The front page of The New York Times tells the tale (For City Schools, A Mainstreaming on Special Needs, Jennifer Medina, 4/29/10).
This fall, more than 250 schools will be asked to accept more students with disabilities rather than send them to schools that have specific programs for special education, as has been the case for decades. By September 2011, principals at each of the system’s 1,500 schools will be expected to enroll all but the most severely disabled students; those students will continue to be served by schools exclusively to them.
Anything strike you as odd about this? Maybe for starters, that placement is not decided by City Hall but by the IEP team and the parent- after developing the individualized goals and objectives. But this City Hall type edict is everywhere throughout the country- Inclusion and mainstreaming. But an individualized program? Forget it.
This is what has happened. Section 504 was an access statute that required programmatic access, accommodations and modifications. No IEP was discussed or required for placement. Because nobody has enforced IDEA, and parents and schools only think about placement. That would be OK for 504, but not for IDEA. IDEA requires that the individualized program first be written and then placement considered- a totally different mindset and approach than 504. Then there is the famous “medical model”, the educator’s anathema against thinking about a “cure” or medical approach to designing the program. There have been several articles on medical breakthroughs, such as in the field of auditory processing (Little-Known Disorder Can Take a Toll on Learning, Tara Parker-Pop, The New York Times, 4/27/10). Rosie O”Donnell’s son has this disorder and is featured at home with his therapist. There is one sentence in the large article about school: “Help inside the classroom is essential.” It makes you want to pound your head on the floor. All of us know how common this disorder actually is and that the reason that many inner city kids aren’t diagnosed with it is because the schools won’t pay for the testing. Then there is the continuing insistence on medicating children in school with a new book on the value of such medication (We’ve Got Issues, Judith Warner, Riverhead Books, 2010).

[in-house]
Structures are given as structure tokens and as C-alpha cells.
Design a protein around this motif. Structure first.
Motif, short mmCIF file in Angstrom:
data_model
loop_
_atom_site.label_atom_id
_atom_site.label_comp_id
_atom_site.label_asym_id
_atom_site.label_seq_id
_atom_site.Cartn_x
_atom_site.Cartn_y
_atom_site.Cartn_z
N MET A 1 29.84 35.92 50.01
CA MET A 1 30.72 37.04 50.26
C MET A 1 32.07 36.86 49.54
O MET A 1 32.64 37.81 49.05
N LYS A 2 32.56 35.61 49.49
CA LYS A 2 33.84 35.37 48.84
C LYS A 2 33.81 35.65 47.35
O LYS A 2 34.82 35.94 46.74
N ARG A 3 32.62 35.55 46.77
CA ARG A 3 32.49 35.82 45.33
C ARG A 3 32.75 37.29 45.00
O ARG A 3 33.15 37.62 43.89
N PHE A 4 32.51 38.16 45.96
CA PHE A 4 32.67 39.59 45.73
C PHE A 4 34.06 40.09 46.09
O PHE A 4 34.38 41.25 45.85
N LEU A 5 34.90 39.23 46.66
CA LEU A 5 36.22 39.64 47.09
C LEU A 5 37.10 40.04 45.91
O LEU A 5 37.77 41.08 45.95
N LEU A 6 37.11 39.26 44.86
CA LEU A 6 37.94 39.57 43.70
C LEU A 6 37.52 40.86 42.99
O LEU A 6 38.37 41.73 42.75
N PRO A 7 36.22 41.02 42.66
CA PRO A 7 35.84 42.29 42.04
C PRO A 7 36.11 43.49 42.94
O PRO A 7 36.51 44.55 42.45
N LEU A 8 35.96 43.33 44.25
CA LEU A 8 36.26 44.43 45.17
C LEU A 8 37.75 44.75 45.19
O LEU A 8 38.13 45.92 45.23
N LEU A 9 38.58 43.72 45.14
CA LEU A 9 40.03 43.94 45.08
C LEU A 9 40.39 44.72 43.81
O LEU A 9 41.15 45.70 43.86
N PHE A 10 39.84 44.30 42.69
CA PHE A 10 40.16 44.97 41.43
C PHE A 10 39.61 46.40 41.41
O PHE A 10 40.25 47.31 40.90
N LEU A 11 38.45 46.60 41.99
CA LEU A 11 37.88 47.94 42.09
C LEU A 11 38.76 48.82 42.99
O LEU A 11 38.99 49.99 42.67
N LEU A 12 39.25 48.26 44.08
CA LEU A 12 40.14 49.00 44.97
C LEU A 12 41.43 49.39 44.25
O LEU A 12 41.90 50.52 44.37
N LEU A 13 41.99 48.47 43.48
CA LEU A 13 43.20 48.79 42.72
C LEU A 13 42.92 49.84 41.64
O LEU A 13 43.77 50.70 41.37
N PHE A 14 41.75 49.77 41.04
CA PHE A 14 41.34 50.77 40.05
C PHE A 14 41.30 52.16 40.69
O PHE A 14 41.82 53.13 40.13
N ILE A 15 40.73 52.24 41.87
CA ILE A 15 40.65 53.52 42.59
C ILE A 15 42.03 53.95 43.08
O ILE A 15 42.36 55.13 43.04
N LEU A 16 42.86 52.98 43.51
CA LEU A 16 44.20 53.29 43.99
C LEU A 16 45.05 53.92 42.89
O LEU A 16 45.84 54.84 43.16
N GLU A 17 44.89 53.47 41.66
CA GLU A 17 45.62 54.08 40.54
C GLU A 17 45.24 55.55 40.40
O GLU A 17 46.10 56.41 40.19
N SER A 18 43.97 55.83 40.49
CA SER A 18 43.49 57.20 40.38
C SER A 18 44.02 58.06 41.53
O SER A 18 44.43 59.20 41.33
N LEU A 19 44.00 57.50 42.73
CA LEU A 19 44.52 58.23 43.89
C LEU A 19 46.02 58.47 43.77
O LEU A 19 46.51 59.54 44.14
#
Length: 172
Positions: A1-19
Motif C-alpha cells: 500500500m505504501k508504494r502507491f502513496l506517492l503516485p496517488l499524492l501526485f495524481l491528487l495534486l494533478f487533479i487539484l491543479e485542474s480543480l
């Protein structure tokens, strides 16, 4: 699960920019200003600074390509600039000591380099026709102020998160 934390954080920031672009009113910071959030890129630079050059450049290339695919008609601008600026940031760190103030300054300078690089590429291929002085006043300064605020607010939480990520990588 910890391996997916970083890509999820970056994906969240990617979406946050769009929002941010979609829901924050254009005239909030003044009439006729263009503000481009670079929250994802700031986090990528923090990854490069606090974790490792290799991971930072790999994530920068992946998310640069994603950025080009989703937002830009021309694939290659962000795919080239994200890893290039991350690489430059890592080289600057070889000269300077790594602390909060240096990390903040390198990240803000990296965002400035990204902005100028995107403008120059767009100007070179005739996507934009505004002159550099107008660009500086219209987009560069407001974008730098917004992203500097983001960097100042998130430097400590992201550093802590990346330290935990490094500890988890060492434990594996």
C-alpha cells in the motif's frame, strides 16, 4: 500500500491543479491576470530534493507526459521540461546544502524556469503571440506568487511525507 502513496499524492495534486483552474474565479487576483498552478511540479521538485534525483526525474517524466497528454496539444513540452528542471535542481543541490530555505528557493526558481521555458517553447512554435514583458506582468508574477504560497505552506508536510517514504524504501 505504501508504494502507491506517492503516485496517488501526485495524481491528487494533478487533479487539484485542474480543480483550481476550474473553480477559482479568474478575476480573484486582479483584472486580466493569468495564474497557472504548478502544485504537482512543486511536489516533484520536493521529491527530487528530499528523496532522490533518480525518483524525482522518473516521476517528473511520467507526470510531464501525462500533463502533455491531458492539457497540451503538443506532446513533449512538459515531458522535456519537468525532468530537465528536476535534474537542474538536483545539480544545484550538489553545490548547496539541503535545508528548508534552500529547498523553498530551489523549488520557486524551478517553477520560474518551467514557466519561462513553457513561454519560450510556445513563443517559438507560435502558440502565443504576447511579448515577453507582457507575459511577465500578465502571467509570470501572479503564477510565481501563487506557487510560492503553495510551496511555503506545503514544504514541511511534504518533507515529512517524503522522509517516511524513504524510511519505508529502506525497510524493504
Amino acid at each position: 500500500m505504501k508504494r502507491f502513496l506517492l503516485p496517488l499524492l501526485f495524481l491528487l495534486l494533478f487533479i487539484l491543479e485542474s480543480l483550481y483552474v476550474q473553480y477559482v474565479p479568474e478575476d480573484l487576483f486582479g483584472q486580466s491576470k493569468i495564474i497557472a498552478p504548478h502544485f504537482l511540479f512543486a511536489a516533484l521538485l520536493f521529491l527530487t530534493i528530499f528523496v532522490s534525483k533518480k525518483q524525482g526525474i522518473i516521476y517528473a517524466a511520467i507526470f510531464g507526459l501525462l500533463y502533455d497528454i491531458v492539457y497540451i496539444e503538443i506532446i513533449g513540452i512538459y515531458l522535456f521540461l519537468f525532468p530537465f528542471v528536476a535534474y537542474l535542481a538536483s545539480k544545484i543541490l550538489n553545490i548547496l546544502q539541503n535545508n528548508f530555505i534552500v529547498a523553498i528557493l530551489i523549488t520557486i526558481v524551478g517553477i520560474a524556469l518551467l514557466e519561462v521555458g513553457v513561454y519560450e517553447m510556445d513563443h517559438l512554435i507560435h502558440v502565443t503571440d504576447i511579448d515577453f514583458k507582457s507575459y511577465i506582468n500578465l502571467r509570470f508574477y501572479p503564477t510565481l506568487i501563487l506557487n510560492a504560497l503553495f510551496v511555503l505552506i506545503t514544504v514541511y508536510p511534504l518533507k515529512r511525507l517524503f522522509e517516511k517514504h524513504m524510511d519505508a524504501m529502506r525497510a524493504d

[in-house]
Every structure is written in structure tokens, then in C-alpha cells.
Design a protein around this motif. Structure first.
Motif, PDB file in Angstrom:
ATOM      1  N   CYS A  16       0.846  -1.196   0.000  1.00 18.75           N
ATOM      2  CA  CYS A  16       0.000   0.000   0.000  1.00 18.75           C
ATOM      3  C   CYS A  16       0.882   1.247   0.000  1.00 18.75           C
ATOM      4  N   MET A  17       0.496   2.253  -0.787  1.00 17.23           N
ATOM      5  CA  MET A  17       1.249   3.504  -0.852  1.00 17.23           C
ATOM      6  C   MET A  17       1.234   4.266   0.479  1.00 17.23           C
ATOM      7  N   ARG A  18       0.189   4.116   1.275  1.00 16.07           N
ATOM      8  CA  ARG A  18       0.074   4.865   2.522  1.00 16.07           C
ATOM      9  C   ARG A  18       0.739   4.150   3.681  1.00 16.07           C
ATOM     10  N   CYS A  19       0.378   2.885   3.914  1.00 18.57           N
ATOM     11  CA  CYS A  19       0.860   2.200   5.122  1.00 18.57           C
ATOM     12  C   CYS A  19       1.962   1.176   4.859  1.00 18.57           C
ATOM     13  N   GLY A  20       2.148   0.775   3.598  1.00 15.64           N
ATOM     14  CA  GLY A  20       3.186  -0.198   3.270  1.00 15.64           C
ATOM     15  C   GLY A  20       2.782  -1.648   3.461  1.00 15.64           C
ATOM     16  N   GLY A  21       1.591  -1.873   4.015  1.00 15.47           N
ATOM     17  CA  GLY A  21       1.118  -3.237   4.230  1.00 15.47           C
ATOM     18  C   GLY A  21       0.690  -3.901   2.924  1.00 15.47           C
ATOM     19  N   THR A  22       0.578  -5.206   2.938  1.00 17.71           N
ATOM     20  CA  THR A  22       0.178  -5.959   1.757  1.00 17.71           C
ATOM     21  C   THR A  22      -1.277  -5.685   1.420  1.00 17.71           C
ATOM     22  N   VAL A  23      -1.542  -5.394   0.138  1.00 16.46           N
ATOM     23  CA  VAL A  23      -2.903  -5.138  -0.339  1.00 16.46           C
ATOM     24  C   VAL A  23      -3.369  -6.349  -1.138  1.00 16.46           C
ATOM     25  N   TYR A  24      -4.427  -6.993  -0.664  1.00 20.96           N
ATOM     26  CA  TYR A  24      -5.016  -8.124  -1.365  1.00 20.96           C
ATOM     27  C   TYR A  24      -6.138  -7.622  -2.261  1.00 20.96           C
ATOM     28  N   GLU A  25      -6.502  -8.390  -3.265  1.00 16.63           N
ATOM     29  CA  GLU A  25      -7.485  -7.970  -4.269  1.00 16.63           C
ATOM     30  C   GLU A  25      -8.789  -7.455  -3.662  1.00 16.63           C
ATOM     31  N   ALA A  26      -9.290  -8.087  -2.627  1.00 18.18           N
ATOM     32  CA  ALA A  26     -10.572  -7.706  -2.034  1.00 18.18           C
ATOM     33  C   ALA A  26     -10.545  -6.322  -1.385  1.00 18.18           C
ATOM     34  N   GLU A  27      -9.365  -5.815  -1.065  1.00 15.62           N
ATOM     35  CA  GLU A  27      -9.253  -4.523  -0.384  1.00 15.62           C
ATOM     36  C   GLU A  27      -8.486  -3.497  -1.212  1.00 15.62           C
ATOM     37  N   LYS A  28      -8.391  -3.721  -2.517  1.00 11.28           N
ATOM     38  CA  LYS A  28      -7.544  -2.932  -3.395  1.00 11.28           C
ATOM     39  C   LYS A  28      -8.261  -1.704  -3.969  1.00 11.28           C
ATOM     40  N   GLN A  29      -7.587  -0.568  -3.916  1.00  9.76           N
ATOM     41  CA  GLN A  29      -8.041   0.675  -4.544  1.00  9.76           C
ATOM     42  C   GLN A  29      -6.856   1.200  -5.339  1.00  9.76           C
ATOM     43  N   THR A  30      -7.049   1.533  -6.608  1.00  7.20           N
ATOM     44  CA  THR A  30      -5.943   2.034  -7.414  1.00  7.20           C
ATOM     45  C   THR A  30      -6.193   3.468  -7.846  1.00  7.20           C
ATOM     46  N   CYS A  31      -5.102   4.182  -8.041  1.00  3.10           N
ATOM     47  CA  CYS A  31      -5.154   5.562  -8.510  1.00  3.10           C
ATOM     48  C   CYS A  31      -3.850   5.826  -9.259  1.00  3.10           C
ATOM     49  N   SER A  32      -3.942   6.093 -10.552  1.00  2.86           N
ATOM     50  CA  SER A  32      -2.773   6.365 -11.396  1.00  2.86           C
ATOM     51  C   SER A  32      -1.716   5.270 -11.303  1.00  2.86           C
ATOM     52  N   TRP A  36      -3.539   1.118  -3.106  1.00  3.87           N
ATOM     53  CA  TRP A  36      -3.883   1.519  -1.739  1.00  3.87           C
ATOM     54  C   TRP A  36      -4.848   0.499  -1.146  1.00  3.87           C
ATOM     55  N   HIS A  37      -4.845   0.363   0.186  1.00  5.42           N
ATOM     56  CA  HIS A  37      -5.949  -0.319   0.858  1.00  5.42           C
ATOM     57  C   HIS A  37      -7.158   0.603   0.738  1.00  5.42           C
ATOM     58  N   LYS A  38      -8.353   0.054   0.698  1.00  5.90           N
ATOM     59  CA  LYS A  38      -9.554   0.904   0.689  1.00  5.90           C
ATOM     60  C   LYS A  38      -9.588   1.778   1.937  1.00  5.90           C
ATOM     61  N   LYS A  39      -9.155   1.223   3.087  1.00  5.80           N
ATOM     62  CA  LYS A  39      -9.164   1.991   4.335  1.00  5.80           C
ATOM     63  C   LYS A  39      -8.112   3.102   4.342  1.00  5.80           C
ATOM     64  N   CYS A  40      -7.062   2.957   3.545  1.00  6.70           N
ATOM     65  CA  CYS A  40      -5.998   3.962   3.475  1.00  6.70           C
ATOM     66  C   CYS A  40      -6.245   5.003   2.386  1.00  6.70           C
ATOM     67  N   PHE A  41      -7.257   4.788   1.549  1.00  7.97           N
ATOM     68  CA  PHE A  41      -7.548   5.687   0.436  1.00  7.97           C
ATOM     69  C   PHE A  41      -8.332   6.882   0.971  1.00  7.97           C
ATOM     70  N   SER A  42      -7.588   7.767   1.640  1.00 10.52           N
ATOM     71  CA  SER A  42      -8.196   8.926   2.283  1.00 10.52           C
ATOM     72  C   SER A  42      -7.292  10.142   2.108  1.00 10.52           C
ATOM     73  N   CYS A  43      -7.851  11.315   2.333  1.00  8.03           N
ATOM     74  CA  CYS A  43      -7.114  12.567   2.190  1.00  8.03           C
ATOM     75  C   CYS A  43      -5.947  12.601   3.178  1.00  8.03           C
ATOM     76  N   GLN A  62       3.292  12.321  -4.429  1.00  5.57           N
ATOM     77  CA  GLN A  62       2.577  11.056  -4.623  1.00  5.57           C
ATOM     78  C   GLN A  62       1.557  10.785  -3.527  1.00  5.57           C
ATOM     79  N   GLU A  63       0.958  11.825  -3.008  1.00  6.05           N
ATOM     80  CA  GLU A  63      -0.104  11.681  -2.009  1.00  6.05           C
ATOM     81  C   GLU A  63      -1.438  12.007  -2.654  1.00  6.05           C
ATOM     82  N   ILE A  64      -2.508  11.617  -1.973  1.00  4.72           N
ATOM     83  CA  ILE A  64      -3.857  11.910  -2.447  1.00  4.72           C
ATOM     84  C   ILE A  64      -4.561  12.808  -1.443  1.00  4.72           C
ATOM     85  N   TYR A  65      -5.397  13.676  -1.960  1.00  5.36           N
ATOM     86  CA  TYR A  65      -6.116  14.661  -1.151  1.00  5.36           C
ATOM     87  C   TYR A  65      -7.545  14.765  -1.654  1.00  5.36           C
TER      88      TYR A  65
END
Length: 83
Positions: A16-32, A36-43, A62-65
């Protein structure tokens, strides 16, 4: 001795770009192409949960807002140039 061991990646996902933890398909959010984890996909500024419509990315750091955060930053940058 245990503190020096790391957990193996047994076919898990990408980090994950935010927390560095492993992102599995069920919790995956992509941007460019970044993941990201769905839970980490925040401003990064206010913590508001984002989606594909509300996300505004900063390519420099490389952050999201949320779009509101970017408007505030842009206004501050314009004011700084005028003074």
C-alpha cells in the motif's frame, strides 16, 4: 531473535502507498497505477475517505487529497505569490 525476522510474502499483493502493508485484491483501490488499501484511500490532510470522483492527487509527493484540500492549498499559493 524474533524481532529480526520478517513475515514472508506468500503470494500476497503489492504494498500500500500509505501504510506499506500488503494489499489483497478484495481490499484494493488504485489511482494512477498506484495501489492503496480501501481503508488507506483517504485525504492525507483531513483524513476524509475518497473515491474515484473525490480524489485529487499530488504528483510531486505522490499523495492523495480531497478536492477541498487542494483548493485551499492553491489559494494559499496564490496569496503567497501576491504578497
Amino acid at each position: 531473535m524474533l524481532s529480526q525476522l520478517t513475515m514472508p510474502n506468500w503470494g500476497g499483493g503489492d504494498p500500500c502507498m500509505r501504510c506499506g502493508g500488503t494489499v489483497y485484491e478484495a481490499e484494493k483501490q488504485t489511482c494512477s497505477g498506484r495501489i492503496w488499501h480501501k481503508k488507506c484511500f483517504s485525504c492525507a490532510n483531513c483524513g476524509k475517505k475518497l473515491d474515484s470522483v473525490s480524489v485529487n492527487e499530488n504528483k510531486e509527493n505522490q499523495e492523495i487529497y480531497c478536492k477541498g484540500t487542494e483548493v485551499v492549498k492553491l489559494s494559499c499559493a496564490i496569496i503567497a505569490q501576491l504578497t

Yes, justice really does boil down to the 800 pound gorilla behind the parties in the dispute. If power is not afraid of you, it walks over you and tries to crush you. There are immigration marches, gay marches, all kinds of marches- except one. There has never been a special education march that demanded enforcement of our rights. This abuse is systemic now, so that few know the difference between how it is and how it should be. The only solution, as it was in the past, is the ability to litigate a case when the dispute cannot be resolved. My little preschoolers have the Wicked Witch of the West available if needed. But someday they won’t and that worries me.